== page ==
In PostgreSQL, the UNIQUE index to ensure the uniqueness of values in one or more columns. To create a UNIQUE index, you can use the following syntax:
Syntax: CREATE UNIQUE INDEX index_name ON table_name(column_name, [...]);
Note: Only B-tree indexes can be declared as unique indexes.
The following statement creates a table called employees :
CREATE TABLE employees ( employee_id SERIAL PRIMARY KEY, first_name VARCHAR(255) NOT NULL, last_name VARCHAR(255) NOT NULL, email VARCHAR(255) UNIQUE );
To show the indexes of the employees table, you use the following statement:
SELECT tablename, indexname, indexdef FROM pg_indexes WHERE tablename = 'employees';
The following statement adds the mobile_phone column to the employees table that we created in the above example:
ALTER TABLE employees ADD mobile_phone VARCHAR(20);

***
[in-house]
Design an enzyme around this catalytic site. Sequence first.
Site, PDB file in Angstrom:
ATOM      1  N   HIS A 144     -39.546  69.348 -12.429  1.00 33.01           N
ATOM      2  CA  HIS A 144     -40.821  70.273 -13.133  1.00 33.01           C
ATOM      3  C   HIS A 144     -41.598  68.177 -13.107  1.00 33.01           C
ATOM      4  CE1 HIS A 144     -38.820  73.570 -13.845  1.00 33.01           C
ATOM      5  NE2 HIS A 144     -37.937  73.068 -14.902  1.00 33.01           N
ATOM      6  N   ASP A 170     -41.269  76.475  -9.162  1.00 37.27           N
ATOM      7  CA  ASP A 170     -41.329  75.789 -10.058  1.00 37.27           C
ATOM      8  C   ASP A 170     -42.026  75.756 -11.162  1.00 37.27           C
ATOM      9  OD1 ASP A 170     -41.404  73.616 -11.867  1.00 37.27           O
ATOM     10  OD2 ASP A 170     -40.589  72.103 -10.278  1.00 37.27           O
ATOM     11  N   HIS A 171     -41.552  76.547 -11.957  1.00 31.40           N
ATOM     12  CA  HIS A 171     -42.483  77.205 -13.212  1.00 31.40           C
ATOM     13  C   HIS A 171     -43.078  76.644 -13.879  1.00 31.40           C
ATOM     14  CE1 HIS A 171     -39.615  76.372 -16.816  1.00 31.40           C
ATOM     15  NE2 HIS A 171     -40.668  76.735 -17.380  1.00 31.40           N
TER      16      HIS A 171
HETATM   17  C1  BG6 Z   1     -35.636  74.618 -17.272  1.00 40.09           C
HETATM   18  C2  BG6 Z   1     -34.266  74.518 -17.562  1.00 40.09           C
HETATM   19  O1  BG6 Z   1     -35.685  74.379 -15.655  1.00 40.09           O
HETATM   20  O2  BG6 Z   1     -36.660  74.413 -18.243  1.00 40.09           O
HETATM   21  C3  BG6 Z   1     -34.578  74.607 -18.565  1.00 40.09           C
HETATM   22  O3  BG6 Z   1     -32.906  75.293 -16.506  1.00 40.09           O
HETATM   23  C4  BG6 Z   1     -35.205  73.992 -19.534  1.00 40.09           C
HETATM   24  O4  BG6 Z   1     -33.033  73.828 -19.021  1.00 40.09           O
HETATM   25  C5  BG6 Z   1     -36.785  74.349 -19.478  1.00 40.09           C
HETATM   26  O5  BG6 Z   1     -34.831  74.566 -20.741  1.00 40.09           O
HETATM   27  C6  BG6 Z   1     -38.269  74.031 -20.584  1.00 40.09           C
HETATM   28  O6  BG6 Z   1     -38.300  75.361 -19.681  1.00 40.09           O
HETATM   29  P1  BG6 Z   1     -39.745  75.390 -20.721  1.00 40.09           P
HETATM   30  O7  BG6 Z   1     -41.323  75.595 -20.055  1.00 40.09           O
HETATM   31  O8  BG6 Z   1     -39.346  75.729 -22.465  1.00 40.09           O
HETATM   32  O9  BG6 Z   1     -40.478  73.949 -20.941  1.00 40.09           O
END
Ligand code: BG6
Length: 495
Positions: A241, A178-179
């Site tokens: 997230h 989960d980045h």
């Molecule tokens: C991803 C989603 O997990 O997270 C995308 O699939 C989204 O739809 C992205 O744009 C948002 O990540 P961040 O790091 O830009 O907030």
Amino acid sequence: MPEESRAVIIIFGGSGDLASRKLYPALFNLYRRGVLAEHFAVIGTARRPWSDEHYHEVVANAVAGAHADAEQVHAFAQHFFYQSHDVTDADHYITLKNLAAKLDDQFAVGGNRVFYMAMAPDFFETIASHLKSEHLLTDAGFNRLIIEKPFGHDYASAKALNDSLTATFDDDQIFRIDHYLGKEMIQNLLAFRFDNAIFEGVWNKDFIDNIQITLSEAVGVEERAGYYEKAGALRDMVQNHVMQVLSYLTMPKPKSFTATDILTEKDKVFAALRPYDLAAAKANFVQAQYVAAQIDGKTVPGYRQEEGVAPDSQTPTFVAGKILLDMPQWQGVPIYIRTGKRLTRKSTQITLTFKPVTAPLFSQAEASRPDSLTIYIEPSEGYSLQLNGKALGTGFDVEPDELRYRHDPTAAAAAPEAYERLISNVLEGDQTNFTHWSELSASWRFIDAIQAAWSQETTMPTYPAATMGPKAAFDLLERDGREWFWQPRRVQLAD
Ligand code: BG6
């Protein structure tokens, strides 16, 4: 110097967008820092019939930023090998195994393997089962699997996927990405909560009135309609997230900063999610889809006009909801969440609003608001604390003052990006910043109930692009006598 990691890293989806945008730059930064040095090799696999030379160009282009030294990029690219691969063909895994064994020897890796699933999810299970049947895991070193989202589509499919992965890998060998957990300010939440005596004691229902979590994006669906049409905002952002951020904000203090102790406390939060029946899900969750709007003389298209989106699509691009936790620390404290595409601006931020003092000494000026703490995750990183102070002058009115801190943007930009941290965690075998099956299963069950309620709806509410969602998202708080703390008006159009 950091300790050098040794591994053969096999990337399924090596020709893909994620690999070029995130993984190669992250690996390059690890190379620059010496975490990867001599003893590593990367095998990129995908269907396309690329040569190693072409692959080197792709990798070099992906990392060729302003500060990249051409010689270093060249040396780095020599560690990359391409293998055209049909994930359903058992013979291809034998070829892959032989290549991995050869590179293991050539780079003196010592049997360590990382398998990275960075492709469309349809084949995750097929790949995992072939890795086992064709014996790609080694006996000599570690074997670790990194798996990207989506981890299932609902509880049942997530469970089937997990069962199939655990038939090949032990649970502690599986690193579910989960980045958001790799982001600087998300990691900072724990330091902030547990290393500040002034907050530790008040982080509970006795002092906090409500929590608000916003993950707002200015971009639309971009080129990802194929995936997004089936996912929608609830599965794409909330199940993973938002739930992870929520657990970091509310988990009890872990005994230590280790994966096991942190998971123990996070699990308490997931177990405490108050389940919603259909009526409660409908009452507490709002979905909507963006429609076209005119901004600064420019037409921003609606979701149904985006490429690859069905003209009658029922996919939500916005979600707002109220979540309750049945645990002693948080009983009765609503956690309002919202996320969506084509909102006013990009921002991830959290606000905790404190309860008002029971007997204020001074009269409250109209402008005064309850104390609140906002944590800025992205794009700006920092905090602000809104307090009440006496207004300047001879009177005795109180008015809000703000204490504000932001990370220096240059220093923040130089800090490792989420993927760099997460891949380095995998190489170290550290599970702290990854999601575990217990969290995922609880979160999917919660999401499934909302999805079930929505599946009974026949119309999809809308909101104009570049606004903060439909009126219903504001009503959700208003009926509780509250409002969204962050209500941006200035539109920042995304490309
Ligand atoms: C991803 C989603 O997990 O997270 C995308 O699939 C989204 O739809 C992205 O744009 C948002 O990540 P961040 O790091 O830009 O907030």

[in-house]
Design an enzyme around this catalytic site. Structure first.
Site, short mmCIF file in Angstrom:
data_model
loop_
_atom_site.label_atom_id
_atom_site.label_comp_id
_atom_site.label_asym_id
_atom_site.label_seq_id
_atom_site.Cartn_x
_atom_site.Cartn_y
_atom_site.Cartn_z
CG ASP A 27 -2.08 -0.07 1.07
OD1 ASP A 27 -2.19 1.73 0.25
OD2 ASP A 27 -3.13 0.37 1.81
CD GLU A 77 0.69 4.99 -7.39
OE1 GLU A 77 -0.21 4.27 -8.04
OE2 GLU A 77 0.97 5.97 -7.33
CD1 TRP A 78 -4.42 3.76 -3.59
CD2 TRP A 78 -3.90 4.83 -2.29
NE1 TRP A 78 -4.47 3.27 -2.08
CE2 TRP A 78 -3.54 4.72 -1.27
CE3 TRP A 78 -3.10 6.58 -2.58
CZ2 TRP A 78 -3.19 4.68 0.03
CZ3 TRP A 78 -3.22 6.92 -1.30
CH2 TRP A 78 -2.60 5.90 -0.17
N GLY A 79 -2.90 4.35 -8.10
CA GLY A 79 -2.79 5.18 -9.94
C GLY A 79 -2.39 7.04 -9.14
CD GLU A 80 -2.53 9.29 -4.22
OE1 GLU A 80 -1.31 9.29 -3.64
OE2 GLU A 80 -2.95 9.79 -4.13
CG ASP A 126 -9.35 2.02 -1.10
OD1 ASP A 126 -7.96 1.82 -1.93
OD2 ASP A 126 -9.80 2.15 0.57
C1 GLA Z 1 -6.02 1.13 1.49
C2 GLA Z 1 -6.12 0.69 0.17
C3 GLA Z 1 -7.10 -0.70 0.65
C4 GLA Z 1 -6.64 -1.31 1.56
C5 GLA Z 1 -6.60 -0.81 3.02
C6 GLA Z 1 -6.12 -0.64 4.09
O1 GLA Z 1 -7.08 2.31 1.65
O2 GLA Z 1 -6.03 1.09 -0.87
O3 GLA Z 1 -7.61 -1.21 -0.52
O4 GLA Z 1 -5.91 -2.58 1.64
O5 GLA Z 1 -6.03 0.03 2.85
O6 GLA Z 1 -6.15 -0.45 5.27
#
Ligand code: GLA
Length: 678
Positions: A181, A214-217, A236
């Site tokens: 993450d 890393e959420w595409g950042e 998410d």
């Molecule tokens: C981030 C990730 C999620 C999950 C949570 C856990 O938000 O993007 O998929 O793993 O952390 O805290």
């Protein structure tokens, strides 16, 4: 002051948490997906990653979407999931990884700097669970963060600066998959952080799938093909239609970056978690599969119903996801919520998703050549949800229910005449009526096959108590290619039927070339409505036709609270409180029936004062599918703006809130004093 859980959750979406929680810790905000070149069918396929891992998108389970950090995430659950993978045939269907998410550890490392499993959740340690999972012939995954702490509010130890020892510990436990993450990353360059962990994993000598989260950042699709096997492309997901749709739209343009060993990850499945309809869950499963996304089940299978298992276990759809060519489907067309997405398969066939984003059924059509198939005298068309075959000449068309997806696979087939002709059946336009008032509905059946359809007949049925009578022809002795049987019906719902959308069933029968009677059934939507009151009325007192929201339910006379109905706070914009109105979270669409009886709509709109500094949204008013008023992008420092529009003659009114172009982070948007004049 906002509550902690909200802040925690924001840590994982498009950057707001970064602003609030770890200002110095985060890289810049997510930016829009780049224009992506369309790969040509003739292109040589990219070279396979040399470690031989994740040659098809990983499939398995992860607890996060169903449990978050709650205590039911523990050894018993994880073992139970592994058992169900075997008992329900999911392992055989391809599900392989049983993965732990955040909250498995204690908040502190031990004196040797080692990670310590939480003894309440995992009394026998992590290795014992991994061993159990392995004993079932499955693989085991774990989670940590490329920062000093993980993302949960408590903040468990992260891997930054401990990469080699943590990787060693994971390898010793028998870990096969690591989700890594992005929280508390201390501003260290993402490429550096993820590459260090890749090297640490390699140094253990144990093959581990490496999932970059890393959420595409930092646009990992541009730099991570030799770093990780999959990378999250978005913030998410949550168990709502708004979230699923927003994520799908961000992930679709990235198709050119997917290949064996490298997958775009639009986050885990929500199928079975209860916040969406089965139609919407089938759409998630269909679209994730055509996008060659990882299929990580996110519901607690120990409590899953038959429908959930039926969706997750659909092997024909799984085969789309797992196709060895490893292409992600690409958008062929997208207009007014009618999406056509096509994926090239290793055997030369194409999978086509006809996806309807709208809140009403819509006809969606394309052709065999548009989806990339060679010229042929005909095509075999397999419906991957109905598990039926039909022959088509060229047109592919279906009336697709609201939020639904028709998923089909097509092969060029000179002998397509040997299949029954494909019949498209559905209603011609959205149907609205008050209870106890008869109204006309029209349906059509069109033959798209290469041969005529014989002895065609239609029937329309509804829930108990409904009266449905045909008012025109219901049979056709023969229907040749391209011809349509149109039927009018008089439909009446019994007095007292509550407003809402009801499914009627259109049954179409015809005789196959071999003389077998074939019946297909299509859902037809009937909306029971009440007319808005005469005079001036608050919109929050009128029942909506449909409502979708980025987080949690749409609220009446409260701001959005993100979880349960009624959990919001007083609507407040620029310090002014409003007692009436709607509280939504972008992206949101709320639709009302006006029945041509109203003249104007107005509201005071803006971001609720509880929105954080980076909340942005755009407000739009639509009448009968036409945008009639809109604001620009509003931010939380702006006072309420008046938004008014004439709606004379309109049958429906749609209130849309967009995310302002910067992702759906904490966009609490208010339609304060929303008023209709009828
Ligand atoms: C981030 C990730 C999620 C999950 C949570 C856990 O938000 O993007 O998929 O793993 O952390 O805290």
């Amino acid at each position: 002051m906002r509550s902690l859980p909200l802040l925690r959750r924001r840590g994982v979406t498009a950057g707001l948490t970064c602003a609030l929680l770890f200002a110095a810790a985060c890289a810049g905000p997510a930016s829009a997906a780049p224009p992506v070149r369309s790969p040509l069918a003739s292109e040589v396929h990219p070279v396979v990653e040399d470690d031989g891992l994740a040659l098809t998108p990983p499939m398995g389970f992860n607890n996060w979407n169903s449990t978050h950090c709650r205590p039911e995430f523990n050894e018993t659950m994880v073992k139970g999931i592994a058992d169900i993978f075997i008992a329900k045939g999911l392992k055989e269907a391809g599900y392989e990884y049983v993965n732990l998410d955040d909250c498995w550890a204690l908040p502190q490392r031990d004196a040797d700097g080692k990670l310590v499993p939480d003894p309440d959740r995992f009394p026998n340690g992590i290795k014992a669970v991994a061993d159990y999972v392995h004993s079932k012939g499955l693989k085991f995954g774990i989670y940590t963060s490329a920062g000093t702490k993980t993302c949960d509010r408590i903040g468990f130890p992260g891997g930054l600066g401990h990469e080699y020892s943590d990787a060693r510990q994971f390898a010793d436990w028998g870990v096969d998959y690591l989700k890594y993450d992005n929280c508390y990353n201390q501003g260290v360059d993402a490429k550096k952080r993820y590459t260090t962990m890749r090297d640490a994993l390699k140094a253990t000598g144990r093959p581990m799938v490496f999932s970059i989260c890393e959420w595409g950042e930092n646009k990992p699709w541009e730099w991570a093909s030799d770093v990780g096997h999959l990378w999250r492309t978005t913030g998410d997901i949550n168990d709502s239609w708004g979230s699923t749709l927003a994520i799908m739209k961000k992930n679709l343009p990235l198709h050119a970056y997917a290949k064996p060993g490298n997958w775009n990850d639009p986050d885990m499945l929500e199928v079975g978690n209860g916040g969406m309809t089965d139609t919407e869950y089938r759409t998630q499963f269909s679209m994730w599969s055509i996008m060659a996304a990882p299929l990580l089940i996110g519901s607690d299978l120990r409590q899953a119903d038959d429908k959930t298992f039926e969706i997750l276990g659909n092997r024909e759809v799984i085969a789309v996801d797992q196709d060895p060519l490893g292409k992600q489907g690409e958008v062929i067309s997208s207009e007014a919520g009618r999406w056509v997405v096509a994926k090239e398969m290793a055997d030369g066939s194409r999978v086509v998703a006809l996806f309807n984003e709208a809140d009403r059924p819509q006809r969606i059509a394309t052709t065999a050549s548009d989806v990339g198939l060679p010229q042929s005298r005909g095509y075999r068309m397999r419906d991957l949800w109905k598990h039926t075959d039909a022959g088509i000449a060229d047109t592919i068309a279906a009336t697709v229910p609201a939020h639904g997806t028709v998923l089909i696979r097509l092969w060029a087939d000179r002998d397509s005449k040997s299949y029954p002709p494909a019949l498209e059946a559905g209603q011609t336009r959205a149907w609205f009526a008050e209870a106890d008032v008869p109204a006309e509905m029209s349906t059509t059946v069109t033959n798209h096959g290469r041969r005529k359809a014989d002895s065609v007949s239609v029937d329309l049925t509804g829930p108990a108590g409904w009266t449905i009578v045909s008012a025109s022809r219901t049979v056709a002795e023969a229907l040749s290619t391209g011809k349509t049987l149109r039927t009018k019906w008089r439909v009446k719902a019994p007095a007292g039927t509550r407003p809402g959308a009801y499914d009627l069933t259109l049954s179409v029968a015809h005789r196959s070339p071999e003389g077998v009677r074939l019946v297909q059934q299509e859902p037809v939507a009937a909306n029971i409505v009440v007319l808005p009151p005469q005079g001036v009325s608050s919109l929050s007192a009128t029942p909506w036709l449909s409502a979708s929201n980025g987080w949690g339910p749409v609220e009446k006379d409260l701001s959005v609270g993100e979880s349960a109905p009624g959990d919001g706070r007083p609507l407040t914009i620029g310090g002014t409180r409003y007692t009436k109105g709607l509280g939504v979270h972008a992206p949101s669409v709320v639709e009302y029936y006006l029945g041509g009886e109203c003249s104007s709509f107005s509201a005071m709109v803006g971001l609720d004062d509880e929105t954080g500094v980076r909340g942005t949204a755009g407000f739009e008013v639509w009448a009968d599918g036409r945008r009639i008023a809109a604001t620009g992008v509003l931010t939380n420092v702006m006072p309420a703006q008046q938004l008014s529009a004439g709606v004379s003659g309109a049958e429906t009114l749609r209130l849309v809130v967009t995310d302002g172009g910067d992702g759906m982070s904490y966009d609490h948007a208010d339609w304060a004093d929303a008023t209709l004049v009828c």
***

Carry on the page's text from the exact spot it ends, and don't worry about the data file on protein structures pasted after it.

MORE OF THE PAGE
To ensure that the mobile phone numbers are distinct for all employees, you define a UNIQUE index for the mobile_phone column as follows:
CREATE UNIQUE INDEX idx_employees_mobile_phone ON employees(mobile_phone);
Now let’s test it. First, insert a new row into the employees table:
INSERT INTO employees(first_name, last_name, email, mobile_phone) VALUES ('Raju', 'kumar', 'firstname.lastname@example.org', '(408)-555-1234');
Second, attempt to insert another row with the same phone number:
INSERT INTO employees(first_name, last_name, email, mobile_phone) VALUES ('Nikhil', 'Aggarwal', 'email@example.com', '(408)-555-1234');
This should raise an error.
As we can observe the behaviour is exactly what is expected of the unique index.